“It will probably stay as Saudi racing. There is little desire to have new owners or horses from abroad. Most of the horses that run in Saudi Arabia are born and raised in Saudi Arabia. They may have to bring in a few stallions to improve the breed. As long as they keep getting the support for King Salman and the royal family, it has a bright future.”
It could be a very interesting 12 months.
Joe Root’s century seals England series win over India, maintains No. 1 ODI ranking
- This was Root’s second unbeaten century in successive innings
- Joe Root became England’s leading one-day international century-maker
LEEDS: Joe Root became England’s leading one-day international century-maker as an innings of exactly 100 not out on his Headingley home ground saw the hosts to an eight-wicket victory over India on Tuesday and a 2-1 series win.
This was Root’s second unbeaten century in successive innings after his 113 not out helped England level the three-match contest with an 86-run win at Lord’s on Saturday.
This latest hundred was also Test skipper Root’s 13th in ODIs, taking him past the England record of 12 he had previously shared with Marcus Trescothick.
Tuesday saw Root and one-day captain Eoin Morgan (88 not out) share an unbroken third-wicket stand of 186 as England, first in the ODI rankings to their opponents’ second, ended India’s run of nine straight bilateral series wins in style.
England, who will be bidding to win the World Cup for the first time when they stage next year’s edition, had said they would treat Tuesday’s match as a dress rehearsal for a winner-takes-all game at the showpiece tournament.
And that made the comprehensive manner of their victory all the more satisfying for Morgan’s men.
It was England’s bowlers who set up this win, with Adil Rashid and David Willey, two of the five Yorkshire cricketers in their XI, taking three wickets apiece.
But, after left-arm quick Willey had kept things tight early on, it was leg-spinner Rashid who did significant damage by taking two wickets in an over.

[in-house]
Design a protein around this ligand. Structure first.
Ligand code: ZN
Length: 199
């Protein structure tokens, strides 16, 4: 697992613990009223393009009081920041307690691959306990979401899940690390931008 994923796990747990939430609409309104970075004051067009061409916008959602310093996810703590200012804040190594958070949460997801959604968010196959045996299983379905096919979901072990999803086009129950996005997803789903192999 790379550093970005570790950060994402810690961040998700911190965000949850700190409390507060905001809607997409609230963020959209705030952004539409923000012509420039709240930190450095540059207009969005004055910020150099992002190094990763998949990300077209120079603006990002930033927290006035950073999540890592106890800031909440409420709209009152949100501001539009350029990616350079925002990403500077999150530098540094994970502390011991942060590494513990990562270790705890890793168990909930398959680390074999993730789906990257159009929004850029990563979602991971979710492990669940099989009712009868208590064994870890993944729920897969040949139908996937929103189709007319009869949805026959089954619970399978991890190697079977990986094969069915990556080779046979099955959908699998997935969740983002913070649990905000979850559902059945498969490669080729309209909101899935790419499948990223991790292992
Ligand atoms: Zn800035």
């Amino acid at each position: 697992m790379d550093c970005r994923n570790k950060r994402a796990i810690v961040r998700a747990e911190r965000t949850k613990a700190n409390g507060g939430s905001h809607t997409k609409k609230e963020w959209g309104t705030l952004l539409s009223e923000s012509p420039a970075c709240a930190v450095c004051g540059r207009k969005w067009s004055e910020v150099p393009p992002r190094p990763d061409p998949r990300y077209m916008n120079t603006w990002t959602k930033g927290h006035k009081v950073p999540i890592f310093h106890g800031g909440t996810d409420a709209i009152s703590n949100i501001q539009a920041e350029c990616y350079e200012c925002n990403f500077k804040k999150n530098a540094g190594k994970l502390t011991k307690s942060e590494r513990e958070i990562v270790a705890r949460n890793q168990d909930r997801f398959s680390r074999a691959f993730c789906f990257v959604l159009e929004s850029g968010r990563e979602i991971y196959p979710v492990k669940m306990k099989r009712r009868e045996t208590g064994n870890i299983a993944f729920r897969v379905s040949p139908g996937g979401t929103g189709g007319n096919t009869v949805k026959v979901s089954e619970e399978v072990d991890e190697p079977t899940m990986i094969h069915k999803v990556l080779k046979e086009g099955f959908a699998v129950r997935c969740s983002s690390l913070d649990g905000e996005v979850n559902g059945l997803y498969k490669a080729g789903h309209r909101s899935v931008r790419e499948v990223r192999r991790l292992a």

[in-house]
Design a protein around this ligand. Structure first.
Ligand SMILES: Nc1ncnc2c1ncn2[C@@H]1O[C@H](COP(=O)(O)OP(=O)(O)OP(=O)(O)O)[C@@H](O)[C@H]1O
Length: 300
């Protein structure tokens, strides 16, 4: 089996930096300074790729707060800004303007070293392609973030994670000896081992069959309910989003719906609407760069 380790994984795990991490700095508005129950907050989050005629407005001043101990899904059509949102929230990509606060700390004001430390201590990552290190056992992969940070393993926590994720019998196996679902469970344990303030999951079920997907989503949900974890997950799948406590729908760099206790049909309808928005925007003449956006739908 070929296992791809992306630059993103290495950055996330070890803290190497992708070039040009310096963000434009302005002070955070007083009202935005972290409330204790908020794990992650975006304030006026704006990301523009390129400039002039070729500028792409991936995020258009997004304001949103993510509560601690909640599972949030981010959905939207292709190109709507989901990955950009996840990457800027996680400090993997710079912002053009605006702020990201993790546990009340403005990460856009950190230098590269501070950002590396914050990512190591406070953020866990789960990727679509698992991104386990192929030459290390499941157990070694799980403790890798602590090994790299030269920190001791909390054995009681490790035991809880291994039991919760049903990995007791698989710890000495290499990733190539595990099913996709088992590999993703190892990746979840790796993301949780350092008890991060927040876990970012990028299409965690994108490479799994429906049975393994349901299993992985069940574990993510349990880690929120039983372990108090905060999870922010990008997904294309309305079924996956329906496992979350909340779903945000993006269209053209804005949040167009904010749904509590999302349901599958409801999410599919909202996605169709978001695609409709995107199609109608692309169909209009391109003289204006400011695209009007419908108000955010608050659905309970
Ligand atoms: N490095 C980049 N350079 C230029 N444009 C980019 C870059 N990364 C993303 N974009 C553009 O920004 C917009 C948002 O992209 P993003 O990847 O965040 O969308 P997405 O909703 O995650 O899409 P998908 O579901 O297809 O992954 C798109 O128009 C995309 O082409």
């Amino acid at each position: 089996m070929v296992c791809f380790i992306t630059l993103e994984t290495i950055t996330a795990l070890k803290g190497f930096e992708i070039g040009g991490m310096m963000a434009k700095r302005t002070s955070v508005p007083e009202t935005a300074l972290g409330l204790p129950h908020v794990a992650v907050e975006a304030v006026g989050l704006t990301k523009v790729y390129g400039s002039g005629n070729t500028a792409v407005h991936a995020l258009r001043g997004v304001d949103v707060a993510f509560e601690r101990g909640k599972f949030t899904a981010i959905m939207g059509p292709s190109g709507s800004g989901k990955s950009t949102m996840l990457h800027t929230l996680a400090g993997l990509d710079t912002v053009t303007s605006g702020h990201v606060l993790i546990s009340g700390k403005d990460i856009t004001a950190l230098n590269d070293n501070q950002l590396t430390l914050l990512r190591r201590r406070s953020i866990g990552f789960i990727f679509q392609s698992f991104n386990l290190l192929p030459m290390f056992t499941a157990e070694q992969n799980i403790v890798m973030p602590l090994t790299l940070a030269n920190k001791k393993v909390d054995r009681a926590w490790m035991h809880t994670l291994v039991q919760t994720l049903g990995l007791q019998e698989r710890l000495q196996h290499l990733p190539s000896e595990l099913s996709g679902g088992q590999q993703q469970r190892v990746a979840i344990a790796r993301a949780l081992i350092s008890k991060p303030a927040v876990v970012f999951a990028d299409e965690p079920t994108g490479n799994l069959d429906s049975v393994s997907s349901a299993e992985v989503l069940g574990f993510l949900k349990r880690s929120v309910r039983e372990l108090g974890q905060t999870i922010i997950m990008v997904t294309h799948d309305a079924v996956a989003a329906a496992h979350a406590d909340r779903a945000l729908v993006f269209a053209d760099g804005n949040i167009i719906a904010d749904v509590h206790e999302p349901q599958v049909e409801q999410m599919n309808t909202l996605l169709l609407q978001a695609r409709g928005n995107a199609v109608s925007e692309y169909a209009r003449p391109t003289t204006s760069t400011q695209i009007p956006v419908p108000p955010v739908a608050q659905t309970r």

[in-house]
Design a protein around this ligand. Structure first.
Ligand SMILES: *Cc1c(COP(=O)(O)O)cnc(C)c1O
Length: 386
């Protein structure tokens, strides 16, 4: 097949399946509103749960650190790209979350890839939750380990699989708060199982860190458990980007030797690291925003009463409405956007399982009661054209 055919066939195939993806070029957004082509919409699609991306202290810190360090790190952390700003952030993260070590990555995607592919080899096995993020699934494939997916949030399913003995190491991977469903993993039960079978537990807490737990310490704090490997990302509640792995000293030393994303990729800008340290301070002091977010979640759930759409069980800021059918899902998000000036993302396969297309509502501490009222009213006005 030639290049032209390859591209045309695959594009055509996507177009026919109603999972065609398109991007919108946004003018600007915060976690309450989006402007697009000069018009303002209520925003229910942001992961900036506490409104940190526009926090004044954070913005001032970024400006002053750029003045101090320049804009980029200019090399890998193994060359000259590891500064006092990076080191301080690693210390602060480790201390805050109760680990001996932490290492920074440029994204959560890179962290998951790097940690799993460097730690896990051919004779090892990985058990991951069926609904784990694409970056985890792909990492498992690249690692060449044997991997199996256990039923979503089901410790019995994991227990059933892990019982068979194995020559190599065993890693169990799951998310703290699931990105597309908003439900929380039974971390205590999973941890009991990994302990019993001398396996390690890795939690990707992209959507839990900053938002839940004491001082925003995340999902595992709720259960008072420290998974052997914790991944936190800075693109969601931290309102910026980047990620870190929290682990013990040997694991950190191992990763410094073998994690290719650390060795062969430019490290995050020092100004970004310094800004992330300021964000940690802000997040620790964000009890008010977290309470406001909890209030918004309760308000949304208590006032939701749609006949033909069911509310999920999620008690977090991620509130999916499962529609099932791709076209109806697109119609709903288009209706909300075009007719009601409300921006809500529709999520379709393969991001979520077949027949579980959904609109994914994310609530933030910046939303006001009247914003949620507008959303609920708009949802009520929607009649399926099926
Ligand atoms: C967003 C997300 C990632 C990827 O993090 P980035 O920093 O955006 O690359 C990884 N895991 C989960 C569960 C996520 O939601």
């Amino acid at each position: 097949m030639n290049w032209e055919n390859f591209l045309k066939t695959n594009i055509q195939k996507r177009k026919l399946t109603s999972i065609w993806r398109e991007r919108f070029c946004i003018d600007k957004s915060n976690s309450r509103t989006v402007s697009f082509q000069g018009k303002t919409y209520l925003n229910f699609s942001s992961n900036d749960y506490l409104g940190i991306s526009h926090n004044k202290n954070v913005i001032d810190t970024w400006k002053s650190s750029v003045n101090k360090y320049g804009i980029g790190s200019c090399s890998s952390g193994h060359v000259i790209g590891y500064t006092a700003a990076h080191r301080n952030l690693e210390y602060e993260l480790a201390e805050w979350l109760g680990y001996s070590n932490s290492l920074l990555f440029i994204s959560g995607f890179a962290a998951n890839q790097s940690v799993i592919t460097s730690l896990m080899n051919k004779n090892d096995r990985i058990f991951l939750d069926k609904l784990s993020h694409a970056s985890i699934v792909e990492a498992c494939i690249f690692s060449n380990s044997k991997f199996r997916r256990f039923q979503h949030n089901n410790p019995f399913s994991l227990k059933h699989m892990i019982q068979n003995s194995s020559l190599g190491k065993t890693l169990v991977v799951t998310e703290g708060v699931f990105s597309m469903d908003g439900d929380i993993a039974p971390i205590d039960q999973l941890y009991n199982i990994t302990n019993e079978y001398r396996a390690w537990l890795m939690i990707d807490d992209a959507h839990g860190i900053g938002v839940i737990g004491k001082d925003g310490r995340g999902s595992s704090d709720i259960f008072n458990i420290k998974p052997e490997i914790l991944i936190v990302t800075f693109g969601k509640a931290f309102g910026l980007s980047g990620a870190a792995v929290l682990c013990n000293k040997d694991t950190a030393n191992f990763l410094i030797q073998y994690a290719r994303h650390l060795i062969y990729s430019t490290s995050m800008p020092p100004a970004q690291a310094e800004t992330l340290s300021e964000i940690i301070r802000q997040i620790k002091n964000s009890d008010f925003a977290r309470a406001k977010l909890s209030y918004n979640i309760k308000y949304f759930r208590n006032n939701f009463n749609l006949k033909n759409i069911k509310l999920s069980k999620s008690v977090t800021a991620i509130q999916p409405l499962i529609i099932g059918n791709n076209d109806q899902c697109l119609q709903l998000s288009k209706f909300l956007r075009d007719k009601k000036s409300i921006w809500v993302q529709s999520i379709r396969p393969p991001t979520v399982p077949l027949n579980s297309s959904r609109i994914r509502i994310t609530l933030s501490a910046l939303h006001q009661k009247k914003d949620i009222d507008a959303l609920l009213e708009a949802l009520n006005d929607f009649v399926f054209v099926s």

He bowled India captain and star batsman Virat Kohli (71), as well as dismissing Suresh Raina, on his way to three for 49 in a maximum 10 overs.
Willey, who took three for 40 in nine overs, received excellent new-ball support from Durham quick Mark Wood (one for 30).
Root, who was dropped from the final match of England’s preceding 2-1 Twenty20 series loss, told Sky Sports: “It feels fantastic.
“To come into a big series like this and perform how we have as a side is great.”
Morgan added: “I think we were outstanding. I think the tone was set by the bowlers early on, David Willey and Mark Wood were on the money. From that point there was no let up.”
Meanwhile Kohli accepted his side had been outplayed.
“I thought we were never on the mark as far as runs on the board were concerned, we were 25-30 short, and England were really clinical with the bat and in the field as well,” he said.
After Morgan won the toss, Rohit Sharma, who scored a superb century during India’s eight-wicket win in the series-opener at Trent Bridge, struggled to make two off 18 balls, his innings ending when he flicked Willey to Wood at deep square leg.
Opening partner Shikhar Dhawan made a fluent 44 before was run out by Stokes’s direct hit.
Dinesh Karthik, preferred to KL Rahul for this match, then made 21 before he was bowled between bat and pad by Rashid.
Kohli pressed on, however, completing a 55-ball fifty before Rashid struck twice in six balls as India slumped to 158 for five.
He bowled Kohli with a superb leg-break and had Raina caught low at leg-slip by Root.
James Vince, called up in place of the injured Jason Roy cut the first ball of England’s reply, from Bhuvneshwar Kumar, for four.
Vince’s frustrating England career has seen him repeatedly get out on Tuesday he fell for a run-a-ball 27, although it needed a brilliant one-handed take by wicket-keeper Dhoni, from Hardik Pandya’s throw, to run him out.
But by then England were 74 for two inside 10 overs, well above the required run-rate.
Root, stumped off a Yuzvendra Chahal no-ball on 69, went to his century when he pulled Pandya through midwicket for his 10th four in 120 balls as England won with 33 deliveries to spare.
An elated Root celebrated by dropping his bat to the ground — the ‘mic drop’ gesture more associated with rock stars and stand-up comedians than cricketers.